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April 28, 2022 Chantal Giuliani

Strategies to Develop a Compensation Framework with Limited Data

Insights from the HR Executive Brain Trust

As employees demand higher pay, HR leaders are stressing about recreating their compensation frameworks with a limited budget and data on inflation. Read on for expert insights from real HR leaders from our Brain Trust events on how to tackle this issue.

Developing a Compensation Framework with Limited Available Research on Inflation

Here are five ways HR VPs are revisiting compensation with limited data.

1. Develop closer internal relationships

Having a tight-knit relationship with your HR team—above and below—is critical for understanding the labor market and their needs, plus learning how to convince upper management that these compensation changes are necessary for the growth of the business.

Meet with your recruiters. Ask them what people are looking for and why they reject your offers.

Have your HRIS folks dig into the issue for you, too.

Strategies to Develop a Compensation Framework with Limited Data - person holding a blue pen and pointing at charts on paper

2. Document why people stay and why they leave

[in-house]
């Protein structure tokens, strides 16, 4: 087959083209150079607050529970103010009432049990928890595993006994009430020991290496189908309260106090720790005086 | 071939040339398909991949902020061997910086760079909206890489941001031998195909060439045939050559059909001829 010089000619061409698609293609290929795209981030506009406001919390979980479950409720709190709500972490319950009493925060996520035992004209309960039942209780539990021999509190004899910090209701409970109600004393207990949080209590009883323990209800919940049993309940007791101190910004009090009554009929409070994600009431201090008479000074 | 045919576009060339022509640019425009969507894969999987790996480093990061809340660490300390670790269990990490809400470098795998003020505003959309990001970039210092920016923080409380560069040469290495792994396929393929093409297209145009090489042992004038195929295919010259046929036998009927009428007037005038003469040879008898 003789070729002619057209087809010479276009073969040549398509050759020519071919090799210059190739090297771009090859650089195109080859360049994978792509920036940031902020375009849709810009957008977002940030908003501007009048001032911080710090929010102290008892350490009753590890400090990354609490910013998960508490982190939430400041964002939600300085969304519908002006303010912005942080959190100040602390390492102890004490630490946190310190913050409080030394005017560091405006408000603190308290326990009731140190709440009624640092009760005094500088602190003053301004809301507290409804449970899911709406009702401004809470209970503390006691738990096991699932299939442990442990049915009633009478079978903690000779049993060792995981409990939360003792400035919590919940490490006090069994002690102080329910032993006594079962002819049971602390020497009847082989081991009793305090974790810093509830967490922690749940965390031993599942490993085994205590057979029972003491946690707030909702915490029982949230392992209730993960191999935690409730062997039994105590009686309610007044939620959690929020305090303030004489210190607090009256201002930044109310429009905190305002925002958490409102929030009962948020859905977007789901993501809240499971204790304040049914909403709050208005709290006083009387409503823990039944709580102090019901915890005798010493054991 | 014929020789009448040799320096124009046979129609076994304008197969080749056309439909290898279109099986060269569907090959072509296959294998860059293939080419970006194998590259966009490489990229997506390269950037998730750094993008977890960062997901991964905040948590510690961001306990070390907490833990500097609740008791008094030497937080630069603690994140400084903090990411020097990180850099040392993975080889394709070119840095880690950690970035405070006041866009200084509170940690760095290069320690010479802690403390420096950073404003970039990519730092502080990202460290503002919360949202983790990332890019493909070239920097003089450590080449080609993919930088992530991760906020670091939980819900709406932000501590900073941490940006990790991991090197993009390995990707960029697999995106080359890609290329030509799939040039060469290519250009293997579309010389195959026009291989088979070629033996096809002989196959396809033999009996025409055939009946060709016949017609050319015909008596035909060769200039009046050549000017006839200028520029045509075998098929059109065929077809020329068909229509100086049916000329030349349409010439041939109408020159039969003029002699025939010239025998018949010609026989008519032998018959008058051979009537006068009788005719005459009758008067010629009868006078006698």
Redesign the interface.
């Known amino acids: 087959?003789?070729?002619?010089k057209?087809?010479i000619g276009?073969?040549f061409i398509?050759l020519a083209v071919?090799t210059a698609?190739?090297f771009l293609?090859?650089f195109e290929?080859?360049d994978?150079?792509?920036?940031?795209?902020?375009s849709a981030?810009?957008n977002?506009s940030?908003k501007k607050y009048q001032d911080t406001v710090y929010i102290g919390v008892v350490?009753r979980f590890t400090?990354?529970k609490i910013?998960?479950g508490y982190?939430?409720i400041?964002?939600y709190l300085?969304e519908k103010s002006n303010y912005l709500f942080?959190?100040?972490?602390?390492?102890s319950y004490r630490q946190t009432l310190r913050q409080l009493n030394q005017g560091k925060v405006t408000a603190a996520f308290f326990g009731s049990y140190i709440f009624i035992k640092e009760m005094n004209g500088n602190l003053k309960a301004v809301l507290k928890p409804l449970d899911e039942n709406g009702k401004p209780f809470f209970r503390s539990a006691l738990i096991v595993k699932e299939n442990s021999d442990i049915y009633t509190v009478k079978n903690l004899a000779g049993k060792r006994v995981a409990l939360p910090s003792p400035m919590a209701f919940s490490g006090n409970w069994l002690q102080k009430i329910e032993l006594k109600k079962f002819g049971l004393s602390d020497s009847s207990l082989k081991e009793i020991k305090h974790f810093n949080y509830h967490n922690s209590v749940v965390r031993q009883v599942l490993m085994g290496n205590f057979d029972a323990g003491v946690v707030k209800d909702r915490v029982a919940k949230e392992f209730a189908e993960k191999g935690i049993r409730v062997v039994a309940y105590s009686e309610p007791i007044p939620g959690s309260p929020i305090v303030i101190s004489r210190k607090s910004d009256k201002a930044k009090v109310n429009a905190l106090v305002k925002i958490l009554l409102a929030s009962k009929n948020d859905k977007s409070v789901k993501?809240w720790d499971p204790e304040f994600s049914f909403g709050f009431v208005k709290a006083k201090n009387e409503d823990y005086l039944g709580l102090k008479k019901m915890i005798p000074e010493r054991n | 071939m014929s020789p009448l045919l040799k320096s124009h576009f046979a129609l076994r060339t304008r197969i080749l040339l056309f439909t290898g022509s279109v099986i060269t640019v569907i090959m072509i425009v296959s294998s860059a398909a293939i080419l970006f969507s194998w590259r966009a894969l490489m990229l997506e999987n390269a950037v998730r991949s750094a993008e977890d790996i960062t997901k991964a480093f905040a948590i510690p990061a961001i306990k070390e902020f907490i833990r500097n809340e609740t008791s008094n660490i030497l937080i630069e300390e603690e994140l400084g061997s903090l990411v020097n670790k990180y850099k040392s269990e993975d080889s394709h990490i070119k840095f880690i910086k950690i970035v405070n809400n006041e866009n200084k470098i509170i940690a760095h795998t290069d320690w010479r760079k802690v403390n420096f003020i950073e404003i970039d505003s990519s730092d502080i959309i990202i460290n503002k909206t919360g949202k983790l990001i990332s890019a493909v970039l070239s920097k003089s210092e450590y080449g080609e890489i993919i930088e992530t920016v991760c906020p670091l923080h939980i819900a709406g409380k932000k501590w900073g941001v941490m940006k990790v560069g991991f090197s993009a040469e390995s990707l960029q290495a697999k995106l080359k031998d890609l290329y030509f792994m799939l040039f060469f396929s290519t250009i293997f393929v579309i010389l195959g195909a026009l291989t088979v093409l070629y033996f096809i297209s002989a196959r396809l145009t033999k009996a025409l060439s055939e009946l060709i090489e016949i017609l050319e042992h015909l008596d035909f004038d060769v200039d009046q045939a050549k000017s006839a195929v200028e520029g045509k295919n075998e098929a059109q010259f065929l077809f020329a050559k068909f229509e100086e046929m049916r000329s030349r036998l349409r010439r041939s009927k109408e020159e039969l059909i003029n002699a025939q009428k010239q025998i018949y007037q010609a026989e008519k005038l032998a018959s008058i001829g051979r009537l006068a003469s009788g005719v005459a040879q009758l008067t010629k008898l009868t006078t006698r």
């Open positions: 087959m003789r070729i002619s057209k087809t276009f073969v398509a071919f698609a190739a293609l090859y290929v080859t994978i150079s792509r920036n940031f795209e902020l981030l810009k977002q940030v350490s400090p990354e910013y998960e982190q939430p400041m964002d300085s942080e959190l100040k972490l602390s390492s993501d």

Ask recruiters to dig deeper.

If you aren’t already, have recruiters reach out to employees that left the company a while back or recently rejected your job offers. Ask them why they left for other opportunities, and document this where the entire HR team can access it.

Survey your company and ask them why they are staying and what would make your company more attractive to them.

3. Ask staffing agencies to give you a going rate for open roles

Chances are, you’ve had a staffing agency reach out to you recently. Instead of ignoring them, ask them to send you a going rate for open roles and a write-up of how much they will charge you.

This is an excellent data-gathering approach and can help you gauge the labor landscape quickly.

4. Use the Economic Research Institute website as a reference is a great place to get quarterly updates on going rates for roles.

5. Revisit other retention strategies

It’s not all about compensation! Employees value other things, like:

  • Flexibility
  • Recognition programs
  • Child care
  • Generous PTO
  • Tech reimbursement
  • Fully paid health insurance
  • Bonuses
  • Mental health programs and onsite massage services

For more tips for HR leaders, check out these blog posts:

This blog post was inspired by a conversation with real HR executives at our HR Brain Trust. You can watch the conversation below.